DC native, two-time Oscar winner reacts to Academy scrapping category from telecast

Hear our full conversation on my podcast “Beyond the Fame.”

WTOP's Jason Fraley chats with Russell Williams (Part 1)

In an attempt to trim the Oscar telecast to three hours, ABC pressured the Academy of Motion Picture Arts and Sciences to move eight technical categories to the pre-telecast.

The categories of Documentary Short, Film Editing, Makeup & Hairstyling, Original Score, Production Design, Animated Short, Live-Action Short and Sound will be awarded in a taped ceremony before the live show, then aired as a montage of acceptance speeches.

D.C. native Russell Williams, longtime professor at American University, took the news hard, having won Best Sound for “Glory” and “Dances with Wolves” and donated his statues to the Smithsonian National Museum of African American History & Culture.

“First, I ran to the bathroom and threw up,” Williams told WTOP. “I call these categories The Irate Eight. … The producers decided they were going to excise or trim the fat. … Maybe the word came down from the network, ABC, owned by Disney. … The Academy leadership also played a role saying we need to do something to increase viewership.”

Last year’s ratings fell to a record low of 9.85 million viewers, a nearly 59% percent drop from the 23.6 million viewers that tuned in the previous year, according to Nielsen.

“I understand the pressure to get the numbers from Nielsen up and keep the show moving, but I don’t think getting rid of these eight categories is going to make the difference,” Williams said. “No one suggested they take the President of the Academy’s speech, pre-tape it, edit it and run it as a package, because I’m sure that’s why everybody tunes in.”

In reality, the ratings drop has more to do with larger societal forces, from political divisions to network television tanking across the board due to our splintered streaming world.

“There’s not very much appointment television that the younger generations are really interested in,” Williams said. “If we’re talking the Super Bowl, OK, those are numbers that, depending on the teams, generally speaking they stay much higher than anything else on appointment TV and the ad revenue generated is going to be higher than anything else.”

Under the new format, the eight technical categories will receive their Oscars inside the auditorium while the actors are still posing for photographs outside on the red carpet.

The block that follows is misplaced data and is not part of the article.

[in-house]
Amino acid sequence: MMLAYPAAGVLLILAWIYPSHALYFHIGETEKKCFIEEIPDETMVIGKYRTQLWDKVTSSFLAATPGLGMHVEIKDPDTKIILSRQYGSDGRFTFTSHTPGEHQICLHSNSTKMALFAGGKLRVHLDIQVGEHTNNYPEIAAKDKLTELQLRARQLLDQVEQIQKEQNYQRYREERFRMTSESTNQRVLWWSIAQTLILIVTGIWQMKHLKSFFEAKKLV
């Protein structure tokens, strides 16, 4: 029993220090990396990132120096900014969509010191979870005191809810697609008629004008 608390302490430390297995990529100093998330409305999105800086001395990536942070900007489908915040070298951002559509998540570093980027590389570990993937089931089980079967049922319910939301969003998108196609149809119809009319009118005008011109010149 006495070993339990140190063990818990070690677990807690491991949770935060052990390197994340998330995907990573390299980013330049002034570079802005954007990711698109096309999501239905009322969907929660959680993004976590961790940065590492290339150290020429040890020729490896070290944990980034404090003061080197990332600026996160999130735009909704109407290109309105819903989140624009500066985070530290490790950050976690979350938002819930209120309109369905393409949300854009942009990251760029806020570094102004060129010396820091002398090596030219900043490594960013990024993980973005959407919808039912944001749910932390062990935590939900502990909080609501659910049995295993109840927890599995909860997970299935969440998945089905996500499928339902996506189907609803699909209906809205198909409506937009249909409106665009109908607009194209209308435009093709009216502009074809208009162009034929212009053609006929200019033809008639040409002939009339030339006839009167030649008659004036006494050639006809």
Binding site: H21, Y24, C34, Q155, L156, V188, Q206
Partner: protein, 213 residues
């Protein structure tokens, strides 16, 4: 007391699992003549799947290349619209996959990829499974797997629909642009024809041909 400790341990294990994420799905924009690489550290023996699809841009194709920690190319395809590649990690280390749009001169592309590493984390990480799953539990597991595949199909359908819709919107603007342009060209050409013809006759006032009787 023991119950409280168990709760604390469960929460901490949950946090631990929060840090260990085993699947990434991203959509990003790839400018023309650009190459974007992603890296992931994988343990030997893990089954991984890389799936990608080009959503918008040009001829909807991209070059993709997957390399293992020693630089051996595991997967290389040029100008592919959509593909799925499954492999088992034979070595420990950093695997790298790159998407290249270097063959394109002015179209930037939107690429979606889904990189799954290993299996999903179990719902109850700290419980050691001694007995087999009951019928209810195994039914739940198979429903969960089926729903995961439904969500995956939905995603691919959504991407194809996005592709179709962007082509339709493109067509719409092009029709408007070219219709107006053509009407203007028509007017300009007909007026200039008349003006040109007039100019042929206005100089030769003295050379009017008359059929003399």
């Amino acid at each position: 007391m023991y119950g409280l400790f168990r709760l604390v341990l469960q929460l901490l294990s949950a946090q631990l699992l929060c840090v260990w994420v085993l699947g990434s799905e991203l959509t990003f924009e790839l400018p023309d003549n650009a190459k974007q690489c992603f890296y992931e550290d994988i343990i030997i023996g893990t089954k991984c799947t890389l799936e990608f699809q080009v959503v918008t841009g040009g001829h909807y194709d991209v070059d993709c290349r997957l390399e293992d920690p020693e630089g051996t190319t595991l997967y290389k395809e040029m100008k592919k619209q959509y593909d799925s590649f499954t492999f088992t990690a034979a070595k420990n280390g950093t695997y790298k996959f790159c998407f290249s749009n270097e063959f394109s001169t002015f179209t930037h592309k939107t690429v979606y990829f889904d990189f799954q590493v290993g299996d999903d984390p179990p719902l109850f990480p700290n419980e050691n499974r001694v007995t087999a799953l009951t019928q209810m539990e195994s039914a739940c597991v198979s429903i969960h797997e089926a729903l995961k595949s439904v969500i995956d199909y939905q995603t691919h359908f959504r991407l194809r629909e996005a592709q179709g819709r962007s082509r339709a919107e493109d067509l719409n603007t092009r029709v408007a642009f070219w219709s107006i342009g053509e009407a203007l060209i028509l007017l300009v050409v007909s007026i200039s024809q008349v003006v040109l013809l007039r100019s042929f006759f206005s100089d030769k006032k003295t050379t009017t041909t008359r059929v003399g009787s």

“I can’t even imagine how that would look,” Williams said. “What does that mean? You go to an empty auditorium, you accept your award and you speak to a group of empty seats? In my speeches … I’m actually pointing, gesturing and looking right at Kevin Costner and saying, ‘I want to thank Jim and Kevin, Jim Wilson the producer, for giving me the call.”

Granted, the move is not unprecedented.

“It’s not unheard of in other award shows,” Williams said. “The Grammys have done it for decades because they have so many more categories. The Emmys have done this for decades because they have two or maybe even three nights that they need to present all the awards. … The [Oscars are] the granddaddy of the entertainment industry awards.”

The idea is that the pre-taped categories will change on a rotating basis every year.

“Who’s it going to be next year?” Williams said. “Are they going to drop Cinematography? Will they drop Supporting Actor? I doubt any of the SAG categories are going to get dropped. … Whoever is at ABC on Oscar night should cut the sound off the broadcast and force us to read lips for three hours. Then all of a sudden, sound will be important again.”

Several craftspeople have resigned from the Academy in protest, while hardcore fans are tweeting the hashtag #PresentAll23. It all comes down to a simple question: should the Oscars be a big tent to bring in more people? Or should they cater to their devoted fans?

“Hardcore viewers and folks who know the inner-workings of each craft appreciate the fact that these names that we know, the big stars that give awesome performances each year, we wouldn’t know any of their names without the technology needed to bring them to the screen,” Williams said. “You need lighting … you need to hear what they’re saying.”

He says this year’s nominees in particular deserve recognition for their crafts.

“Look at the production design of ‘Nightmare Alley,'” Williams said. “Are you saying that’s not important enough to be on the show and see those people who put their lives into their respective crafts? … I don’t think it’s fair to just start pointing at certain crafts and saying, ‘You don’t deserve to have your life’s work … acknowledged by your peers.'”

The change also upsets local feel-good stories. For instance, the Maryland School for the Deaf in Frederick, Maryland, was excited to hold an Oscar viewing party to see if their Netflix film “Audible” would win Best Documentary Short. Now, it’s not part of the live show.

“We are devaluing the arts community,” Williams said.

WTOP's Jason Fraley chats with Russell Williams (Part 2)

Hear our full conversation on my podcast “Beyond the Fame.”

Jason Fraley

Hailed by The Washington Post for “his savantlike ability to name every Best Picture winner in history," Jason Fraley began at WTOP as Morning Drive Writer in 2008, film critic in 2011 and Entertainment Editor in 2014, providing daily arts coverage on-air and online.

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